The Constitution of Liberty

The Constitution of Liberty is a book by Austrian economist and Nobel Prize recipient Friedrich A. Hayek. The book was first published in 1960 by the University of Chicago Press. It is an interpretation of civilization as being made possible by the fundamental principles of liberty, which the author presents as prerequisites for wealth and growth, rather than the other way around.

The Constitution of Liberty
The Constitution of Liberty (Hayek book).jpg
First edition dust jacket
AuthorFriedrich Hayek
CountryUnited States
SubjectPolitics, Economics
PublisherUniversity of Chicago Press (US)
Publication date
Media typePrint

The Constitution of Liberty was notably held up at a British Conservative Party policy meeting and banged on the table by Margaret Thatcher, who reportedly interrupted a presentation to indicate, in reference to the book, that "This is what we believe".[1]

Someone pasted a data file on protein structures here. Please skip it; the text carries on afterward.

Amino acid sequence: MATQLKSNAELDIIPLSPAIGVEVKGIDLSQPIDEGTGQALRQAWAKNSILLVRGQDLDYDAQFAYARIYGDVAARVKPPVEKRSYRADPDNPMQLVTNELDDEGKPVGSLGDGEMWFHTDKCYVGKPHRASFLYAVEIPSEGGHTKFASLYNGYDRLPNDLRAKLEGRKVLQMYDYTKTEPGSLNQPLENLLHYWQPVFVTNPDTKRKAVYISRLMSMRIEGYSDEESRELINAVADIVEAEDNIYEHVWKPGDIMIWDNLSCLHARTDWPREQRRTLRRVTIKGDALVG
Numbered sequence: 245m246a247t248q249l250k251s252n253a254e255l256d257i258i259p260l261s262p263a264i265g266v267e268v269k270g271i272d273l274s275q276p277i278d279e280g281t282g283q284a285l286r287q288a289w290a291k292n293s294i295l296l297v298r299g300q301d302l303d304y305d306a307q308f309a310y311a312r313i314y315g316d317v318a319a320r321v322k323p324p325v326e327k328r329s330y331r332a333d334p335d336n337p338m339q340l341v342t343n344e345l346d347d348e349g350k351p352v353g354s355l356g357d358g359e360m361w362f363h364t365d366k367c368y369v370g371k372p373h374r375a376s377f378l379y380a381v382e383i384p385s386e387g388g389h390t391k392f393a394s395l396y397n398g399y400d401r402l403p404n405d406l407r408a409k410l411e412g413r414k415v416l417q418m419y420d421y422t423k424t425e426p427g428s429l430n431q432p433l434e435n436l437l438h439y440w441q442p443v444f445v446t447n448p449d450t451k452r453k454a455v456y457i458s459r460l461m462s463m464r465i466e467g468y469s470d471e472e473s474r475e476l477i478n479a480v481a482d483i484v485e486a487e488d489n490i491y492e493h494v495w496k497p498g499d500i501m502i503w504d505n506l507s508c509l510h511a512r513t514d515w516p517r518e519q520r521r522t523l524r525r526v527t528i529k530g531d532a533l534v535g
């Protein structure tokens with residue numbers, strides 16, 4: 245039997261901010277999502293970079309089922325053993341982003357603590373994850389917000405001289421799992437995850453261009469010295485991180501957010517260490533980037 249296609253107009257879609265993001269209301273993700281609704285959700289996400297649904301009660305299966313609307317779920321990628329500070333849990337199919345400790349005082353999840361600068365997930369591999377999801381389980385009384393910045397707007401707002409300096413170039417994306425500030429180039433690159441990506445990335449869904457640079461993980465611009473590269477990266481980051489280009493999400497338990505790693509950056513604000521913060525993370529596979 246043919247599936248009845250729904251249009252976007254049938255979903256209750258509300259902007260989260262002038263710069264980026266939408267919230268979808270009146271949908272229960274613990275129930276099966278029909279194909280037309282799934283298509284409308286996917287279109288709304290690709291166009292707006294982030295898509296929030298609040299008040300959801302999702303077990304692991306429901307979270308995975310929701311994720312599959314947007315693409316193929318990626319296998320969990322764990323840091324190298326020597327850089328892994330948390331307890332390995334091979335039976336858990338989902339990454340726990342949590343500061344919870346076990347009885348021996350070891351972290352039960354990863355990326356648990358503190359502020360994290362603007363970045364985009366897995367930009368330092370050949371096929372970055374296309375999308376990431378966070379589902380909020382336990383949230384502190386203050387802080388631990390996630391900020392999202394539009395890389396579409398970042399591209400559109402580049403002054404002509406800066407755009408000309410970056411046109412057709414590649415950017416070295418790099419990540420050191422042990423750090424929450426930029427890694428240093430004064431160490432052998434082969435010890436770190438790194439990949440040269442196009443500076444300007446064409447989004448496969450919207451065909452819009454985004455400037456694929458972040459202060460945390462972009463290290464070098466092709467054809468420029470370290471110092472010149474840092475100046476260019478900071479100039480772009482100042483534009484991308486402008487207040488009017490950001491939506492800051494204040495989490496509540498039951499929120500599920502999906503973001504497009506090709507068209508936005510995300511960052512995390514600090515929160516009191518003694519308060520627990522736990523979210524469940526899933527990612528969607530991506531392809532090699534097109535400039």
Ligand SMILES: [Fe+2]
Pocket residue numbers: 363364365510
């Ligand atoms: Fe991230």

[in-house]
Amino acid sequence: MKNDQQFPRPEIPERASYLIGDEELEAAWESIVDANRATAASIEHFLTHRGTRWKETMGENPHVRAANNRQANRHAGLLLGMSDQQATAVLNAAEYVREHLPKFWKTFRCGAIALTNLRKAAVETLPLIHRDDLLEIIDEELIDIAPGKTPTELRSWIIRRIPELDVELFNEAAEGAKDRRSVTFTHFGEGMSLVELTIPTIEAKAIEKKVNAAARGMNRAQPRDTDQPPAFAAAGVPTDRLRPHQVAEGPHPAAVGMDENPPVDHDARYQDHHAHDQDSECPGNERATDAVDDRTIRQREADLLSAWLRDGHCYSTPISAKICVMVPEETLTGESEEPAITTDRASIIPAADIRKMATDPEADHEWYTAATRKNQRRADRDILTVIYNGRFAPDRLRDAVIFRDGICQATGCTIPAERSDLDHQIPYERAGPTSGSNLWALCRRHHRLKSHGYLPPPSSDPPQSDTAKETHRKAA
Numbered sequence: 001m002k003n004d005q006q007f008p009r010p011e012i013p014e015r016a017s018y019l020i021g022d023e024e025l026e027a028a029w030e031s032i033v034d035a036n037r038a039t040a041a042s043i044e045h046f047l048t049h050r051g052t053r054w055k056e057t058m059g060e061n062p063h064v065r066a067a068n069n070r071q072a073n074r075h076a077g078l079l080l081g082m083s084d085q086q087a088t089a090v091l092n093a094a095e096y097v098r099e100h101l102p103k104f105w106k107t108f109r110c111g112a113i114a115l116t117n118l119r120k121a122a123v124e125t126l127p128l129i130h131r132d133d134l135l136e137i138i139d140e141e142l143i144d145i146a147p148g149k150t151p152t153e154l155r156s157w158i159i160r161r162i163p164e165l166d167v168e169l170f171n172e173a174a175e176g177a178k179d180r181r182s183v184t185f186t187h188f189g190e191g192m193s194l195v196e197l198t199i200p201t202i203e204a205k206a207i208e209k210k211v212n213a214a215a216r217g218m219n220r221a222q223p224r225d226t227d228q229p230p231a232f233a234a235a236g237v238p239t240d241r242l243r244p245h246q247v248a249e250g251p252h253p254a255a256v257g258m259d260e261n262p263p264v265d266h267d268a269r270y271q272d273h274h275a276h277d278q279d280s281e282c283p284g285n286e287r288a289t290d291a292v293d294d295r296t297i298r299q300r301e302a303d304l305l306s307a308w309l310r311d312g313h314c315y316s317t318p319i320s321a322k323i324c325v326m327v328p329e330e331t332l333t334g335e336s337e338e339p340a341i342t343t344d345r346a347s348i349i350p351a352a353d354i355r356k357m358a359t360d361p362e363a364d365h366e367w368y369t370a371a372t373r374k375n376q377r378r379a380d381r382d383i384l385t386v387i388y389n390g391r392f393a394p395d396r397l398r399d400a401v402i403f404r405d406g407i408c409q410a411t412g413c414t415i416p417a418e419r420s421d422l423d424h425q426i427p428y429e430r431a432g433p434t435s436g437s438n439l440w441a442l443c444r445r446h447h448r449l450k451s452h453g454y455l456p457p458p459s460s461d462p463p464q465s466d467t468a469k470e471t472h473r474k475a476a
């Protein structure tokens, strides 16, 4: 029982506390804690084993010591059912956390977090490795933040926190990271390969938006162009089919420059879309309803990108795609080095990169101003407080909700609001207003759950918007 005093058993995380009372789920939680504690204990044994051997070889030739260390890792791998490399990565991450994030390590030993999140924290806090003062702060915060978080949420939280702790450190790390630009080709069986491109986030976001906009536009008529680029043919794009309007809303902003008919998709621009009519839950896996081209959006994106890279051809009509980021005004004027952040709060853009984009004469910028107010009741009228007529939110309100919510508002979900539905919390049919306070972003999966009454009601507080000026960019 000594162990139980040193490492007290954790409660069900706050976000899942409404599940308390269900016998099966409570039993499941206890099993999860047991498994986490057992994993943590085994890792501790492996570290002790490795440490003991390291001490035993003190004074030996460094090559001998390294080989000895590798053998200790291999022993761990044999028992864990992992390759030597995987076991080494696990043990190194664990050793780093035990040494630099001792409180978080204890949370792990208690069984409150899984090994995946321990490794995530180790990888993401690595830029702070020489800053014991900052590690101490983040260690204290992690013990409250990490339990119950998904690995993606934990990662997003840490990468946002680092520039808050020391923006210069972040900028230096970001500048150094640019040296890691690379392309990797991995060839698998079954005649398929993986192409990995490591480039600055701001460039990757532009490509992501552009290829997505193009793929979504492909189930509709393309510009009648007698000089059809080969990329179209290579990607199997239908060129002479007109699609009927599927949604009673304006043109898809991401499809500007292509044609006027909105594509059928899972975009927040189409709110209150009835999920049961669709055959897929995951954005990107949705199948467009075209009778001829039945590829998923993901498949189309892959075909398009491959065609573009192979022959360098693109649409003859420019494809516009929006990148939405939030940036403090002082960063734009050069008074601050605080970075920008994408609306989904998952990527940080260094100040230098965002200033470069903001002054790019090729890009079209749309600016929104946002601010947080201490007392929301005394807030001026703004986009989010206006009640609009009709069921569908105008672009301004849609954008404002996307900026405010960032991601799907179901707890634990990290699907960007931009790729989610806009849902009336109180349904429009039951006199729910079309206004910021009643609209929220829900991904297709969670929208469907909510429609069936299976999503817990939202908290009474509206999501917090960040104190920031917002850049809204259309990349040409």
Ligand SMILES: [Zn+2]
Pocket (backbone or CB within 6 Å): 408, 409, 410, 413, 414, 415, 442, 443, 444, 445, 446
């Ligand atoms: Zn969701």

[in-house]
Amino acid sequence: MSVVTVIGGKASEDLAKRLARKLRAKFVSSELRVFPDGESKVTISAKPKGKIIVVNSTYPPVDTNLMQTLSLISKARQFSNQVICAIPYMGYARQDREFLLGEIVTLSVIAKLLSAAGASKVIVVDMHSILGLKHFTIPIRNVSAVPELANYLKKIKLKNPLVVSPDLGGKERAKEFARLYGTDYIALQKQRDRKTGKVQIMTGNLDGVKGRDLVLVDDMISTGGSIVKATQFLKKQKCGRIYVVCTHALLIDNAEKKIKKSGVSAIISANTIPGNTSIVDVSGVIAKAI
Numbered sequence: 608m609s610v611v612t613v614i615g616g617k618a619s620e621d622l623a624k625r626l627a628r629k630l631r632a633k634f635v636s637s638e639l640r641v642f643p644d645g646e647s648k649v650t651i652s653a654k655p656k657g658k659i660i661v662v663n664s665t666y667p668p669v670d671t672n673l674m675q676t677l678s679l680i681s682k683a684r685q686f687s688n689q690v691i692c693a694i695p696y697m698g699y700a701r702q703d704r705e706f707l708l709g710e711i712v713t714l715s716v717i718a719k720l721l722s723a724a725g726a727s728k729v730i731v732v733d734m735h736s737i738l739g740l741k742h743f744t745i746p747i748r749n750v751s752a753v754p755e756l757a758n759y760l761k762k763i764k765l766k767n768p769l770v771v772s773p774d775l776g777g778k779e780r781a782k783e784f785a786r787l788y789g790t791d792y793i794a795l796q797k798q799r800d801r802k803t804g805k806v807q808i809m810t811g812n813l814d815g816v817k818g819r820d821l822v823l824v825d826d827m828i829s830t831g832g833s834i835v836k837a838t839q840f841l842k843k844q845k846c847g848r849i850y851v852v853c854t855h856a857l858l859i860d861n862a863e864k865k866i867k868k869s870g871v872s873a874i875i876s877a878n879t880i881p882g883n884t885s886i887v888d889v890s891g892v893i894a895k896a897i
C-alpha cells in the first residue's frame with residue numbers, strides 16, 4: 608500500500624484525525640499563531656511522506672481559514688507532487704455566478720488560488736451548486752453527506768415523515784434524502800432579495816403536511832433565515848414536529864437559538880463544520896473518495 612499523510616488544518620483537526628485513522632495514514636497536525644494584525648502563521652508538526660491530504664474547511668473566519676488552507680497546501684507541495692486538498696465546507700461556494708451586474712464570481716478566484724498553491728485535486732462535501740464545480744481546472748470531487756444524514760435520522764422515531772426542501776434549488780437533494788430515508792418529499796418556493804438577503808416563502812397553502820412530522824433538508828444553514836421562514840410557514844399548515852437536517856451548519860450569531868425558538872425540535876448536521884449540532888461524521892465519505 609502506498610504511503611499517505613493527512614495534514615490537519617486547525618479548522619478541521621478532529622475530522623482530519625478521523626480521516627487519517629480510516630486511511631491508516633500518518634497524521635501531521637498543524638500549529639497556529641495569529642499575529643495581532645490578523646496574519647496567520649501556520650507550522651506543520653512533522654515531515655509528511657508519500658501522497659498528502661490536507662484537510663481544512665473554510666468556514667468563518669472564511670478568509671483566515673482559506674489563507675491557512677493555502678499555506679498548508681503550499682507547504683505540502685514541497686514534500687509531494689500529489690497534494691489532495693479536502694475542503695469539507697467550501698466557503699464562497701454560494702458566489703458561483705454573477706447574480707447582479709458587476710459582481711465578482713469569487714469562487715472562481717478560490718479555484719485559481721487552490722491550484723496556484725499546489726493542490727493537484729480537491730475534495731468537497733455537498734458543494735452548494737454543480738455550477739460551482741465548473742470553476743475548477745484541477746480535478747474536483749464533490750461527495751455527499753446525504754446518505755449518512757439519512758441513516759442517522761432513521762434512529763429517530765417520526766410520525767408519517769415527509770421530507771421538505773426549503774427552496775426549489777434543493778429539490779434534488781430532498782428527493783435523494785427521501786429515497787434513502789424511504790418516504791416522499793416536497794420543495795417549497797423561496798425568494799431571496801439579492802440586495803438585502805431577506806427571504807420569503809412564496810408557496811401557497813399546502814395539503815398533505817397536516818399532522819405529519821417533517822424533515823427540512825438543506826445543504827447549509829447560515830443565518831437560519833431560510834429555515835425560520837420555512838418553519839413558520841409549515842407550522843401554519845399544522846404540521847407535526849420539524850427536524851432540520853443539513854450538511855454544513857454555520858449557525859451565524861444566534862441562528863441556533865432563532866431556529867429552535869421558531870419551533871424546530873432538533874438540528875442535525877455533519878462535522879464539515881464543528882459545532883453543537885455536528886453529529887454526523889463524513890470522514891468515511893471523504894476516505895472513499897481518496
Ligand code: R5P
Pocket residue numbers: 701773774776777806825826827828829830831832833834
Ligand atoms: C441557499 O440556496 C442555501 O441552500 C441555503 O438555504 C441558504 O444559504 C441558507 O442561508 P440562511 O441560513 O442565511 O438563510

• 1960. The Constitution of Liberty, University of Chicago Press. ISBN 0226320847
  • 2011. The Constitution of Liberty: The Definitive Edition, Ronald Hamowy, ed., v. 17, The Collected Works of F A. Hayek. University of Chicago Press.


Part I – The Value of Freedom
1. Liberty and Liberties
2. The Creative Powers of a Free Civilization
3. The Common Sense of Progress
4. Freedom, Reason, and Tradition
5. Responsibility and Freedom
6. Equality, Value, and Merit
7. Majority Rule
8. Employment and Independence

Part II – Freedom and the Law
9. Coercion and the State
10. Law, Commands, and Order
11. The Origins of the Rule of Law
12. The American Contribution: Constitutionalism
13. Liberalism and Administration: The Rechtsstaat
14. The Safeguards of Individual Liberty
15. Economic Policy and the Rule of Law
16. The Decline of the Law

Part III – Freedom in the Welfare State
17. The Decline of Socialism and the Rise of the Welfare State
18. Labor Unions and Employment
19. Social Security
20. Taxation and Redistribution
21. The Monetary Framework
22. Housing and Town Planning
23. Agriculture and Natural Resources
24. Education and Research

Postscript: Why I am Not a Conservative


The Constitution of Liberty was placed 9th on the list of the 100 best non-fiction books of the twentieth century compiled by the biweekly conservative magazine National Review.[2]


  1. ^ "Quotes on Hayek & the 20th Century Triumph of the Liberal Order".
  2. ^ The Editors (3 May 1999). "The Non-Fiction 100". National Review. {{cite news}}: |last1= has generic name (help)

External linksEdit